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Fort Worth Tax Law Blog

Making the most of investment losses, part 1: deduction limits

In tax planning as in life, success isn't always about big victories. In many cases, it involves making the most of your losses.

This can occur, for example, in the context of making proper use of tax deductions for casualty losses. We discussed that issue in our June 26 post.

Offer in Compromise Acceptance Rate Hits a New High

Newly released statistics show that the IRS has been accepting Offers in Compromise at a higher rate than at any other time during the 21st century. During 2013 and 2014, the IRS accepted 40% or more of all submitted offers.

An Offer in Compromise (OIC) is essentially an offer by a taxpayer to settle tax debt for less than the full amount owed. You have probably heard commercials on TV and the radio from companies promising to help settle tax debt with the IRS "for pennies on the dollar." Many of these nationally advertised tax resolution firms have been forced out of business by consumer protection laws, due to their false advertising.

Two U.S. Return Preparers Sentenced for Enabling Offshore Tax Evasion

The Department of Justice announced that a father and son team of tax return preparers have been sentenced for conspiring with clients to prepare false tax returns omitting the clients' foreign financial accounts or foreign income. David Kalai has been sentenced to serve 36 months, while his son, Nadav Kalai, was sentenced to 50 months.

The Kalais owned and operated United Revenue Service Inc. ("URS"), a return preparation business with twelve offices nationwide. In order the conceal secret accounts owned by their clients at two Israeli banks, the Kalais formed sham companies in Belize and other countries. The accounts were then held in the names of these sham companies. The funds that were transferred to these secret accounts were then falsely reported as either investment losses or business expenses. Three of the Kalais' clients have already pleaded guilty to felonies for their role in the scheme. The Kalais also had their own offshore account that they failed to disclose.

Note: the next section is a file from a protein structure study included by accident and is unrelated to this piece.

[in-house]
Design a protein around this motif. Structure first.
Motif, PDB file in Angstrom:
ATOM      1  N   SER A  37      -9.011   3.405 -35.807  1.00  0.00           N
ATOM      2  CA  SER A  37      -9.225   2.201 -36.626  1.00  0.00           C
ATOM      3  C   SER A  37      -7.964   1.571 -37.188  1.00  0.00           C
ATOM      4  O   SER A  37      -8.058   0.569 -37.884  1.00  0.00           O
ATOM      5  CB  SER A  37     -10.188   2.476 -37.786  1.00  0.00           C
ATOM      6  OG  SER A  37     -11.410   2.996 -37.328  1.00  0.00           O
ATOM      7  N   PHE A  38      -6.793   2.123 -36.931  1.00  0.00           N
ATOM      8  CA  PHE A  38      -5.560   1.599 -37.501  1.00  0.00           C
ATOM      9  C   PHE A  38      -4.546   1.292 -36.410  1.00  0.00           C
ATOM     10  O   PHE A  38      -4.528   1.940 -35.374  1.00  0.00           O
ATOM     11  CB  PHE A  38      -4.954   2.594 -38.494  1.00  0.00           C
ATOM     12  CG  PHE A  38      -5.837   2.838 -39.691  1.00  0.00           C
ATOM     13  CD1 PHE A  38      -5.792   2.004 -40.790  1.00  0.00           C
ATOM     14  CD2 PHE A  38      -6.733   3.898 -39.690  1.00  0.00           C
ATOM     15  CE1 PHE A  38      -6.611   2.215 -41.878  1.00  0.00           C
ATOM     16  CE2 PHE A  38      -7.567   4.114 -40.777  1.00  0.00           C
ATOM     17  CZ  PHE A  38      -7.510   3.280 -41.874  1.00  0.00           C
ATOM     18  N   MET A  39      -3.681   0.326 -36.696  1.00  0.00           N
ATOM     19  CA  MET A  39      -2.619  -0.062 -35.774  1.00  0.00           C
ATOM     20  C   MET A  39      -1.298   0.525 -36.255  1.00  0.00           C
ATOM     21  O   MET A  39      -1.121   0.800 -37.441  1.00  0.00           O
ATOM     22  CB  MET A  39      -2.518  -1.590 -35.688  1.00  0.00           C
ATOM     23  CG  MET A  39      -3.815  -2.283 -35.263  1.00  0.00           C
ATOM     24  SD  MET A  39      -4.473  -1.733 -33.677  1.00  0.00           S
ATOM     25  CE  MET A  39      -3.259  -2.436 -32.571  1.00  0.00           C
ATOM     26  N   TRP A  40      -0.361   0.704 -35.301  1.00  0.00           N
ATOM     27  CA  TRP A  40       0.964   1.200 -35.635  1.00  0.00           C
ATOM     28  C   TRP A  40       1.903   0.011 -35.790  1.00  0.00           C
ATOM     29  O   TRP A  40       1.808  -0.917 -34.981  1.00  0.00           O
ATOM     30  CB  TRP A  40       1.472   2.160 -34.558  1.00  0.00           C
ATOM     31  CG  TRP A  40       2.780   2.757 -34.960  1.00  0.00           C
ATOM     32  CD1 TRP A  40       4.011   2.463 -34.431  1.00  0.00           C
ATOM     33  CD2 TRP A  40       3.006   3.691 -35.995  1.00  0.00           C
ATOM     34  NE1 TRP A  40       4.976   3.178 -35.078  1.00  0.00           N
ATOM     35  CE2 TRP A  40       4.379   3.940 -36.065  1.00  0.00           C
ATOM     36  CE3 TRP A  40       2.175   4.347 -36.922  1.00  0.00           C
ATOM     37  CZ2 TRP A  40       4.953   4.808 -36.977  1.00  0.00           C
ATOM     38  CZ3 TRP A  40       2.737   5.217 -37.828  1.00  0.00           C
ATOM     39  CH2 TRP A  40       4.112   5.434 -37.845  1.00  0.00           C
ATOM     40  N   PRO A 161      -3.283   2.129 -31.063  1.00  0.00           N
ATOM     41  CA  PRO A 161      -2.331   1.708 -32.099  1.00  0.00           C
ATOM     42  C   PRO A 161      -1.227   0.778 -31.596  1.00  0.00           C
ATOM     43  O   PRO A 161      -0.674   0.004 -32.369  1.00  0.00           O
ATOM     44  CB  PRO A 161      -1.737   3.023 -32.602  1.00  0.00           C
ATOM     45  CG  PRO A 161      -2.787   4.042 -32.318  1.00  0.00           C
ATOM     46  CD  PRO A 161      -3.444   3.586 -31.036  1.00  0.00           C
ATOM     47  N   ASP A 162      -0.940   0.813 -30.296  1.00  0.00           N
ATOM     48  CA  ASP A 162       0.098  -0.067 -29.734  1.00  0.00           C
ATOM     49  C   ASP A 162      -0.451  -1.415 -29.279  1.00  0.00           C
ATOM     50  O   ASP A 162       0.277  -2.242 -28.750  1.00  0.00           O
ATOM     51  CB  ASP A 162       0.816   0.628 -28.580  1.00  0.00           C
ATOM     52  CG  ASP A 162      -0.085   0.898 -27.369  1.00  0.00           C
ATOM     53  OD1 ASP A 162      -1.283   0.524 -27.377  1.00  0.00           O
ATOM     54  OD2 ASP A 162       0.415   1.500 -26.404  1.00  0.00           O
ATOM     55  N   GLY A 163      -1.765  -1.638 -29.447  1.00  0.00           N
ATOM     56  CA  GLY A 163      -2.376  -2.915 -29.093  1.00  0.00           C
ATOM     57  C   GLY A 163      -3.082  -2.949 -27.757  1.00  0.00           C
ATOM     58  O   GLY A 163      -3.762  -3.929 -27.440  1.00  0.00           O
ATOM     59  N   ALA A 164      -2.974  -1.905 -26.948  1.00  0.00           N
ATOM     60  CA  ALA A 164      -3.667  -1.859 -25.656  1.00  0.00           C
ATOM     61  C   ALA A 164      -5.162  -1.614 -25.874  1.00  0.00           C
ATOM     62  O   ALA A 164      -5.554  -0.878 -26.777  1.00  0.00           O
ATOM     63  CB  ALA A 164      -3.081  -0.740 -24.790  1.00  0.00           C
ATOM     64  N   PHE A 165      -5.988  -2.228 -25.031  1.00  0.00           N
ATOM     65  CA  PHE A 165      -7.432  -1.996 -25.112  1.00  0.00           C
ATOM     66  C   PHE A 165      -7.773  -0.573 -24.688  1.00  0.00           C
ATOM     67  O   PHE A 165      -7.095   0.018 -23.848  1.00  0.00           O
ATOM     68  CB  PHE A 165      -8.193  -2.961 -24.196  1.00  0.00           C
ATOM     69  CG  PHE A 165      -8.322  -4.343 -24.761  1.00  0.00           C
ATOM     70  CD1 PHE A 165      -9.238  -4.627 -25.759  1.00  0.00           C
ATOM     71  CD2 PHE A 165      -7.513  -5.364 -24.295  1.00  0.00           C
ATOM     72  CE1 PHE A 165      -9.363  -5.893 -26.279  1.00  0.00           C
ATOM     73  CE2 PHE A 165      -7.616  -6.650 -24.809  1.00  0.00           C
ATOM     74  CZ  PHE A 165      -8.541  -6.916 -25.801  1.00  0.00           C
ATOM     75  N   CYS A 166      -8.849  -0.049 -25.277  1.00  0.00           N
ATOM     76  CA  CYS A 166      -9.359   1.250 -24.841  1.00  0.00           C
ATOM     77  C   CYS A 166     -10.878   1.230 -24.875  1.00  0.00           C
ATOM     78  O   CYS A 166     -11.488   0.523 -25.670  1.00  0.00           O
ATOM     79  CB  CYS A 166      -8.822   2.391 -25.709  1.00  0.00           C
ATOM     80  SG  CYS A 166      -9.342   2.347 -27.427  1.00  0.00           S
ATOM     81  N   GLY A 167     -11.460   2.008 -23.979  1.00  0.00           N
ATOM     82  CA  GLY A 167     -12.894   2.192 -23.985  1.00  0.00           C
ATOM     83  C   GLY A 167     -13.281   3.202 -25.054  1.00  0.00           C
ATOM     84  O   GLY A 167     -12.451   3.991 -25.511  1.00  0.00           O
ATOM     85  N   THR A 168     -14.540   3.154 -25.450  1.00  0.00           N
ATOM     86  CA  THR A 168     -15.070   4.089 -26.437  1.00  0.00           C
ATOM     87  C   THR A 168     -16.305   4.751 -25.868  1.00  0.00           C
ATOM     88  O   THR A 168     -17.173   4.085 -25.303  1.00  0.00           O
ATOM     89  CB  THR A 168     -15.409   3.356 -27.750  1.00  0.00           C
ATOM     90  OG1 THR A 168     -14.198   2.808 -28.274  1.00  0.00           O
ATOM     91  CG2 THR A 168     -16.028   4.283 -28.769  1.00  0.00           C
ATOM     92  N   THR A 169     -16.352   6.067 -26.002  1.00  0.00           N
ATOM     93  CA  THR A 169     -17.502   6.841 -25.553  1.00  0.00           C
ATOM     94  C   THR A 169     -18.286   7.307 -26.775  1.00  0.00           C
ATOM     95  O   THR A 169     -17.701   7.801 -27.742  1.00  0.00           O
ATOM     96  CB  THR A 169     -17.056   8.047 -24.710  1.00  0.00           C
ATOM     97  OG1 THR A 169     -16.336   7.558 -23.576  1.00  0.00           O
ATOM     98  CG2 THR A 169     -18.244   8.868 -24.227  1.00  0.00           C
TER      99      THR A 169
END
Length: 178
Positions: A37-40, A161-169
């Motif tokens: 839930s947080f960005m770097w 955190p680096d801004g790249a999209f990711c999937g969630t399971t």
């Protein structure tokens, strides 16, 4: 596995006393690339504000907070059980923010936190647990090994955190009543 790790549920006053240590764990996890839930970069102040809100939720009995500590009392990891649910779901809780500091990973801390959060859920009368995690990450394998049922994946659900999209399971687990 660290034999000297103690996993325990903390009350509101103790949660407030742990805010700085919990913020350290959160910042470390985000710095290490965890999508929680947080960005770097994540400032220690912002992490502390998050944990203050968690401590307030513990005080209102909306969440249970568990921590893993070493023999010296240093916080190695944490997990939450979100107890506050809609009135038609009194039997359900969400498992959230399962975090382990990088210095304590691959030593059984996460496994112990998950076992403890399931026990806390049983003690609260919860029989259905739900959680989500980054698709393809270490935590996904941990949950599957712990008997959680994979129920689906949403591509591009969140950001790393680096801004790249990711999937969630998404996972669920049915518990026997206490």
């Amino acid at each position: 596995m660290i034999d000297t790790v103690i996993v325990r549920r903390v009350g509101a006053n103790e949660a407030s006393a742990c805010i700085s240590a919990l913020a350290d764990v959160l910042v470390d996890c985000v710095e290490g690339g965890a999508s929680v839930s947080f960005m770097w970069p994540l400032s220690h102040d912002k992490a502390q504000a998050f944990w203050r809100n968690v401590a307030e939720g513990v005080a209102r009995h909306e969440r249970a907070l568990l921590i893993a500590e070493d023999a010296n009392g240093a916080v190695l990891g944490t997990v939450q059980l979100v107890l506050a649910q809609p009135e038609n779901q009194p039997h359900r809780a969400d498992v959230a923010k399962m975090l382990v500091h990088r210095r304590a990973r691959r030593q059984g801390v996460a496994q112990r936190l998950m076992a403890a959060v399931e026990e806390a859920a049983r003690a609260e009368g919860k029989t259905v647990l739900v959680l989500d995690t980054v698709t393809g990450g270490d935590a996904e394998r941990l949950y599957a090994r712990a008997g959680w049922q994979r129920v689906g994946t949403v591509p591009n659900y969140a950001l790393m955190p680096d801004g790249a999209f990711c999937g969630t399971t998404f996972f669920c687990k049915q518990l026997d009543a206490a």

How does marriage impact your taxes?

Many Americans have heard of the so-called "marriage penalty." This refers to the notion that marriage results in higher taxes for at least some married couples when filing jointly than the members of those couples would have had collectively as individuals.

Is this notion a myth or is it actually supported by empirical data?

Worker classification update, part 2: the 1099-driven economy

In the first part of this post, we took note of the latest interpretation from the U.S. Department of Labor on distinguishing independent contractors from employees. The Labor Department is likely to continue to raise questions about whether employers are making classification decisions that comply with the Fair Labor Standards Act (FLSA).

But federal labor law is only one aspect of the questions about classification that arise in an economy with an increasing number of contractors. There is also the issue of worker classification for payroll tax purposes. And that issue has become even more complicated with the rise of social-sharing services such Uber, in which companies provide services on demand using workers who receive only 1099s and don't get benefits.

FBAR filing deadline moving to earlier date